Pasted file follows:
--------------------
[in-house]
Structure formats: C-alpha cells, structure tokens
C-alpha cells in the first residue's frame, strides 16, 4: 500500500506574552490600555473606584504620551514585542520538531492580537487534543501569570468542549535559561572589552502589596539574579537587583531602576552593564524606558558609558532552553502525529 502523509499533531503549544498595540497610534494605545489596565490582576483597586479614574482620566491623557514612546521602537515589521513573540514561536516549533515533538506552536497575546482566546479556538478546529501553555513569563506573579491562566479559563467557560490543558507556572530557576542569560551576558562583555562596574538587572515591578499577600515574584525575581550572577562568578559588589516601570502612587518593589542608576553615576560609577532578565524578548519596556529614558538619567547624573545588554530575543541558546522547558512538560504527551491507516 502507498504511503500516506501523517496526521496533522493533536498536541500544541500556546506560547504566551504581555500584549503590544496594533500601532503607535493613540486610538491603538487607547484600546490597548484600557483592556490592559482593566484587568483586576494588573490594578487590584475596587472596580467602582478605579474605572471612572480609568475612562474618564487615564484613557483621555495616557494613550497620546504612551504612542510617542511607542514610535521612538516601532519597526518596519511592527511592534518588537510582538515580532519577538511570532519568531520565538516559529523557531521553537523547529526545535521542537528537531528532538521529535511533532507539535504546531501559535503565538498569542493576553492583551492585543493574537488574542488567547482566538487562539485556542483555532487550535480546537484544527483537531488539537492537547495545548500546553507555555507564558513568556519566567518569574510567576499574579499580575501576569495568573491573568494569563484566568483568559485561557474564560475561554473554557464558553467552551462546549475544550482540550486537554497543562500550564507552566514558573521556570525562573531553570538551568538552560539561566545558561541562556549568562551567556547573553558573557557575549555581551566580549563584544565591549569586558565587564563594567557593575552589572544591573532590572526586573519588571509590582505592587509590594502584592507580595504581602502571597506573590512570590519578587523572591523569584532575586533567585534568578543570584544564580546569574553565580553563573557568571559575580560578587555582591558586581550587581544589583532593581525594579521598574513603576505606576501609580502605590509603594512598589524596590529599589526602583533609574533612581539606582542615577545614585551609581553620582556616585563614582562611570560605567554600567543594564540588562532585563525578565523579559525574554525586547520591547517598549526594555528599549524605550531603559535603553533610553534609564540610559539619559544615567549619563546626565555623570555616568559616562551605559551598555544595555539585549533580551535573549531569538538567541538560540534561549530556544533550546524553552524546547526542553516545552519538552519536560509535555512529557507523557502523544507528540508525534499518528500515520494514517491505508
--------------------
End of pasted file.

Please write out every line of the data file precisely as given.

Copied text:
[in-house]
Structure formats: C-alpha cells, structure tokens
C-alpha cells in the first residue's frame, strides 16, 4: 500500500506574552490600555473606584504620551514585542520538531492580537487534543501569570468542549535559561572589552502589596539574579537587583531602576552593564524606558558609558532552553502525529 502523509499533531503549544498595540497610534494605545489596565490582576483597586479614574482620566491623557514612546521602537515589521513573540514561536516549533515533538506552536497575546482566546479556538478546529501553555513569563506573579491562566479559563467557560490543558507556572530557576542569560551576558562583555562596574538587572515591578499577600515574584525575581550572577562568578559588589516601570502612587518593589542608576553615576560609577532578565524578548519596556529614558538619567547624573545588554530575543541558546522547558512538560504527551491507516 502507498504511503500516506501523517496526521496533522493533536498536541500544541500556546506560547504566551504581555500584549503590544496594533500601532503607535493613540486610538491603538487607547484600546490597548484600557483592556490592559482593566484587568483586576494588573490594578487590584475596587472596580467602582478605579474605572471612572480609568475612562474618564487615564484613557483621555495616557494613550497620546504612551504612542510617542511607542514610535521612538516601532519597526518596519511592527511592534518588537510582538515580532519577538511570532519568531520565538516559529523557531521553537523547529526545535521542537528537531528532538521529535511533532507539535504546531501559535503565538498569542493576553492583551492585543493574537488574542488567547482566538487562539485556542483555532487550535480546537484544527483537531488539537492537547495545548500546553507555555507564558513568556519566567518569574510567576499574579499580575501576569495568573491573568494569563484566568483568559485561557474564560475561554473554557464558553467552551462546549475544550482540550486537554497543562500550564507552566514558573521556570525562573531553570538551568538552560539561566545558561541562556549568562551567556547573553558573557557575549555581551566580549563584544565591549569586558565587564563594567557593575552589572544591573532590572526586573519588571509590582505592587509590594502584592507580595504581602502571597506573590512570590519578587523572591523569584532575586533567585534568578543570584544564580546569574553565580553563573557568571559575580560578587555582591558586581550587581544589583532593581525594579521598574513603576505606576501609580502605590509603594512598589524596590529599589526602583533609574533612581539606582542615577545614585551609581553620582556616585563614582562611570560605567554600567543594564540588562532585563525578565523579559525574554525586547520591547517598549526594555528599549524605550531603559535603553533610553534609564540610559539619559544615567549619563546626565555623570555616568559616562551605559551598555544595555539585549533580551535573549531569538538567541538560540534561549530556544533550546524553552524546547526542553516545552519538552519536560509535555512529557507523557502523544507528540508525534499518528500515520494514517491505508